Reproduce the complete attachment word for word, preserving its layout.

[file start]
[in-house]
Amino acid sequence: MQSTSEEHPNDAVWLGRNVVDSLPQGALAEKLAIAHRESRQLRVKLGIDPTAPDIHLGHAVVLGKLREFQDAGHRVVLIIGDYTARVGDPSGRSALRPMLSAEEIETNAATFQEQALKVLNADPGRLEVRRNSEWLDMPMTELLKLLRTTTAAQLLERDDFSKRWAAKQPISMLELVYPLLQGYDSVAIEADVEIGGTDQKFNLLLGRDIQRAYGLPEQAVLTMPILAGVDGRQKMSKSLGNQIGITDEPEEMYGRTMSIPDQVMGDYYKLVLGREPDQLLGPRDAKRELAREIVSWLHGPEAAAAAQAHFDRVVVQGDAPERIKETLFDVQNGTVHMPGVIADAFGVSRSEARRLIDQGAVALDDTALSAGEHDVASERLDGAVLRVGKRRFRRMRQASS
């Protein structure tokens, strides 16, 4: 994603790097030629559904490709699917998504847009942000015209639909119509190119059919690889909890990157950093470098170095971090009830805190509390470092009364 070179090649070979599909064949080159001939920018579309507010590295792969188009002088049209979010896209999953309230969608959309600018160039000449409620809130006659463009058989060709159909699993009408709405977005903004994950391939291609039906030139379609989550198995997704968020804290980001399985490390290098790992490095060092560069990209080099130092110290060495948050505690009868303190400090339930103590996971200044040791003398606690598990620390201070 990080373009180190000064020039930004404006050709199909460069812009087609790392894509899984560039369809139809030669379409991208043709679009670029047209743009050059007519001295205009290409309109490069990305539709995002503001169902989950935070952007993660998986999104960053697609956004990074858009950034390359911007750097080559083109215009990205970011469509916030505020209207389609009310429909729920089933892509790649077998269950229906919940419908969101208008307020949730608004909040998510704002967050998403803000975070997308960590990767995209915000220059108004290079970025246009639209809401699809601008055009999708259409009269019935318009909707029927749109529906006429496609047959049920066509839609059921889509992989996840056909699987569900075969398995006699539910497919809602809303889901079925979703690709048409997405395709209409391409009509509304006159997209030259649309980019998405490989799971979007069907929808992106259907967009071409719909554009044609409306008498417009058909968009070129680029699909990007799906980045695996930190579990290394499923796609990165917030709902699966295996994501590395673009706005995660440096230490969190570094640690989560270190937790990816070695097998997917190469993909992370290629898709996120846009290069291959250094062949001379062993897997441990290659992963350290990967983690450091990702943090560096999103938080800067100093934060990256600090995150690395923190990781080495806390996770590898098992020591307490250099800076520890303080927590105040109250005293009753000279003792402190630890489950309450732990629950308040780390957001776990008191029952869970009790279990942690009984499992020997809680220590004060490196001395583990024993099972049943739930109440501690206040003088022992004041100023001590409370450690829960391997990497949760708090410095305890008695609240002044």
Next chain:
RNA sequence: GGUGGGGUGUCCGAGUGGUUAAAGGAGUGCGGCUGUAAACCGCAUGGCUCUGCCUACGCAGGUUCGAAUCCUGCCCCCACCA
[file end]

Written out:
[in-house]
Amino acid sequence: MQSTSEEHPNDAVWLGRNVVDSLPQGALAEKLAIAHRESRQLRVKLGIDPTAPDIHLGHAVVLGKLREFQDAGHRVVLIIGDYTARVGDPSGRSALRPMLSAEEIETNAATFQEQALKVLNADPGRLEVRRNSEWLDMPMTELLKLLRTTTAAQLLERDDFSKRWAAKQPISMLELVYPLLQGYDSVAIEADVEIGGTDQKFNLLLGRDIQRAYGLPEQAVLTMPILAGVDGRQKMSKSLGNQIGITDEPEEMYGRTMSIPDQVMGDYYKLVLGREPDQLLGPRDAKRELAREIVSWLHGPEAAAAAQAHFDRVVVQGDAPERIKETLFDVQNGTVHMPGVIADAFGVSRSEARRLIDQGAVALDDTALSAGEHDVASERLDGAVLRVGKRRFRRMRQASS
């Protein structure tokens, strides 16, 4: 994603790097030629559904490709699917998504847009942000015209639909119509190119059919690889909890990157950093470098170095971090009830805190509390470092009364 070179090649070979599909064949080159001939920018579309507010590295792969188009002088049209979010896209999953309230969608959309600018160039000449409620809130006659463009058989060709159909699993009408709405977005903004994950391939291609039906030139379609989550198995997704968020804290980001399985490390290098790992490095060092560069990209080099130092110290060495948050505690009868303190400090339930103590996971200044040791003398606690598990620390201070 990080373009180190000064020039930004404006050709199909460069812009087609790392894509899984560039369809139809030669379409991208043709679009670029047209743009050059007519001295205009290409309109490069990305539709995002503001169902989950935070952007993660998986999104960053697609956004990074858009950034390359911007750097080559083109215009990205970011469509916030505020209207389609009310429909729920089933892509790649077998269950229906919940419908969101208008307020949730608004909040998510704002967050998403803000975070997308960590990767995209915000220059108004290079970025246009639209809401699809601008055009999708259409009269019935318009909707029927749109529906006429496609047959049920066509839609059921889509992989996840056909699987569900075969398995006699539910497919809602809303889901079925979703690709048409997405395709209409391409009509509304006159997209030259649309980019998405490989799971979007069907929808992106259907967009071409719909554009044609409306008498417009058909968009070129680029699909990007799906980045695996930190579990290394499923796609990165917030709902699966295996994501590395673009706005995660440096230490969190570094640690989560270190937790990816070695097998997917190469993909992370290629898709996120846009290069291959250094062949001379062993897997441990290659992963350290990967983690450091990702943090560096999103938080800067100093934060990256600090995150690395923190990781080495806390996770590898098992020591307490250099800076520890303080927590105040109250005293009753000279003792402190630890489950309450732990629950308040780390957001776990008191029952869970009790279990942690009984499992020997809680220590004060490196001395583990024993099972049943739930109440501690206040003088022992004041100023001590409370450690829960391997990497949760708090410095305890008695609240002044």
Next chain:
RNA sequence: GGUGGGGUGUCCGAGUGGUUAAAGGAGUGCGGCUGUAAACCGCAUGGCUCUGCCUACGCAGGUUCGAAUCCUGCCCCCACCA